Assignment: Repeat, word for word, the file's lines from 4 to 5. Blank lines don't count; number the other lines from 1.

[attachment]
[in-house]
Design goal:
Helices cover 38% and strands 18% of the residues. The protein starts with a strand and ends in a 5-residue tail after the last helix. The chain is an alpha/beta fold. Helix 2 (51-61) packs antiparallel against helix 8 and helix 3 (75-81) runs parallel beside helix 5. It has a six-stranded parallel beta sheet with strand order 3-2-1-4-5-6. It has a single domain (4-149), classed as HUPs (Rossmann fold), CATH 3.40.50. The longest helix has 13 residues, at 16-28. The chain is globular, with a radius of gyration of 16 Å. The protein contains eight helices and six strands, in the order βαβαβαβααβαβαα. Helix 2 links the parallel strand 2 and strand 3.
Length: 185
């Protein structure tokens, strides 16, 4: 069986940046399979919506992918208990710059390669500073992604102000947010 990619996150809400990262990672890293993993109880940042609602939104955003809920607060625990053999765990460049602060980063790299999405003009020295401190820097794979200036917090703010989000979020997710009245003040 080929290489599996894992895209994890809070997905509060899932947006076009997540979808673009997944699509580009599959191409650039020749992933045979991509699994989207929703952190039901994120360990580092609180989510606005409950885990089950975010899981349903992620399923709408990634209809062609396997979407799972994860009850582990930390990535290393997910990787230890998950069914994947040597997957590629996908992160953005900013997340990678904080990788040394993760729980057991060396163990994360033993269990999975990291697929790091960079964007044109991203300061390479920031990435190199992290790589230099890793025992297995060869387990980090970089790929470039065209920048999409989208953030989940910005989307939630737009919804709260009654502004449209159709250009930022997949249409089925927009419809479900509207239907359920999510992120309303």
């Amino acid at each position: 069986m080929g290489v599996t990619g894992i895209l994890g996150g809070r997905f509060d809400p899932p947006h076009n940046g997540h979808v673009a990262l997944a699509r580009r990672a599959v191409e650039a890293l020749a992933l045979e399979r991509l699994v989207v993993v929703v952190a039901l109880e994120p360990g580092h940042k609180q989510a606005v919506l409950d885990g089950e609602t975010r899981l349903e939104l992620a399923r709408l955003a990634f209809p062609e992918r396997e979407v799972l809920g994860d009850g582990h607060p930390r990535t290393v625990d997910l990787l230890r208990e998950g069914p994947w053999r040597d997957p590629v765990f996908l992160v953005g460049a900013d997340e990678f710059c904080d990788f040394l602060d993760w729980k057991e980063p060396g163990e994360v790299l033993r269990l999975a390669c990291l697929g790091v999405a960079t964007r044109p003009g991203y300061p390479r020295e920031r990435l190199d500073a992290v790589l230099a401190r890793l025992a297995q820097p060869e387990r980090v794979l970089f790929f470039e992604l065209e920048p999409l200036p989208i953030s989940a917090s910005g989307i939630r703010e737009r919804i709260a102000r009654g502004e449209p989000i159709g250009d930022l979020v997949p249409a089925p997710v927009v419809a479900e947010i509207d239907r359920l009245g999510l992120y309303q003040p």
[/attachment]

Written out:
Length: 185
């Protein structure tokens, strides 16, 4: 069986940046399979919506992918208990710059390669500073992604102000947010 990619996150809400990262990672890293993993109880940042609602939104955003809920607060625990053999765990460049602060980063790299999405003009020295401190820097794979200036917090703010989000979020997710009245003040 080929290489599996894992895209994890809070997905509060899932947006076009997540979808673009997944699509580009599959191409650039020749992933045979991509699994989207929703952190039901994120360990580092609180989510606005409950885990089950975010899981349903992620399923709408990634209809062609396997979407799972994860009850582990930390990535290393997910990787230890998950069914994947040597997957590629996908992160953005900013997340990678904080990788040394993760729980057991060396163990994360033993269990999975990291697929790091960079964007044109991203300061390479920031990435190199992290790589230099890793025992297995060869387990980090970089790929470039065209920048999409989208953030989940910005989307939630737009919804709260009654502004449209159709250009930022997949249409089925927009419809479900509207239907359920999510992120309303």